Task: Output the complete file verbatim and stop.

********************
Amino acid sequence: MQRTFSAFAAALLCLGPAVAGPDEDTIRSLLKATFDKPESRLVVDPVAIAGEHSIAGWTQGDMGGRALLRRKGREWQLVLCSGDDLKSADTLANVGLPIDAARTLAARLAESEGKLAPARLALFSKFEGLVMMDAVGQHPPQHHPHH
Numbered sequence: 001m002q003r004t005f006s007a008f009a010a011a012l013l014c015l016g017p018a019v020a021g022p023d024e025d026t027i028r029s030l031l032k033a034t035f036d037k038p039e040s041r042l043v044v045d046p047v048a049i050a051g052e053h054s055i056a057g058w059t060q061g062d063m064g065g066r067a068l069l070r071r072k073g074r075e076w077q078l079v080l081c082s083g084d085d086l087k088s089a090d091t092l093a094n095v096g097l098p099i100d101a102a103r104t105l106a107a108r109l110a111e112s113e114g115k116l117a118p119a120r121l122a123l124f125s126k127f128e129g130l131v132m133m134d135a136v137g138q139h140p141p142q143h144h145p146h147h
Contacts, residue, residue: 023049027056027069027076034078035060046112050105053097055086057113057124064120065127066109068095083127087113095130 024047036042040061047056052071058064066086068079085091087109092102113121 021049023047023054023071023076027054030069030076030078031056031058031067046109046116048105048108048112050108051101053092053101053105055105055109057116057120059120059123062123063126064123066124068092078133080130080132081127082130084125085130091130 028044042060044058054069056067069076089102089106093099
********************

Amino acid sequence: MQRTFSAFAAALLCLGPAVAGPDEDTIRSLLKATFDKPESRLVVDPVAIAGEHSIAGWTQGDMGGRALLRRKGREWQLVLCSGDDLKSADTLANVGLPIDAARTLAARLAESEGKLAPARLALFSKFEGLVMMDAVGQHPPQHHPHH
Numbered sequence: 001m002q003r004t005f006s007a008f009a010a011a012l013l014c015l016g017p018a019v020a021g022p023d024e025d026t027i028r029s030l031l032k033a034t035f036d037k038p039e040s041r042l043v044v045d046p047v048a049i050a051g052e053h054s055i056a057g058w059t060q061g062d063m064g065g066r067a068l069l070r071r072k073g074r075e076w077q078l079v080l081c082s083g084d085d086l087k088s089a090d091t092l093a094n095v096g097l098p099i100d101a102a103r104t105l106a107a108r109l110a111e112s113e114g115k116l117a118p119a120r121l122a123l124f125s126k127f128e129g130l131v132m133m134d135a136v137g138q139h140p141p142q143h144h145p146h147h
Contacts, residue, residue: 023049027056027069027076034078035060046112050105053097055086057113057124064120065127066109068095083127087113095130 024047036042040061047056052071058064066086068079085091087109092102113121 021049023047023054023071023076027054030069030076030078031056031058031067046109046116048105048108048112050108051101053092053101053105055105055109057116057120059120059123062123063126064123066124068092078133080130080132081127082130084125085130091130 028044042060044058054069056067069076089102089106093099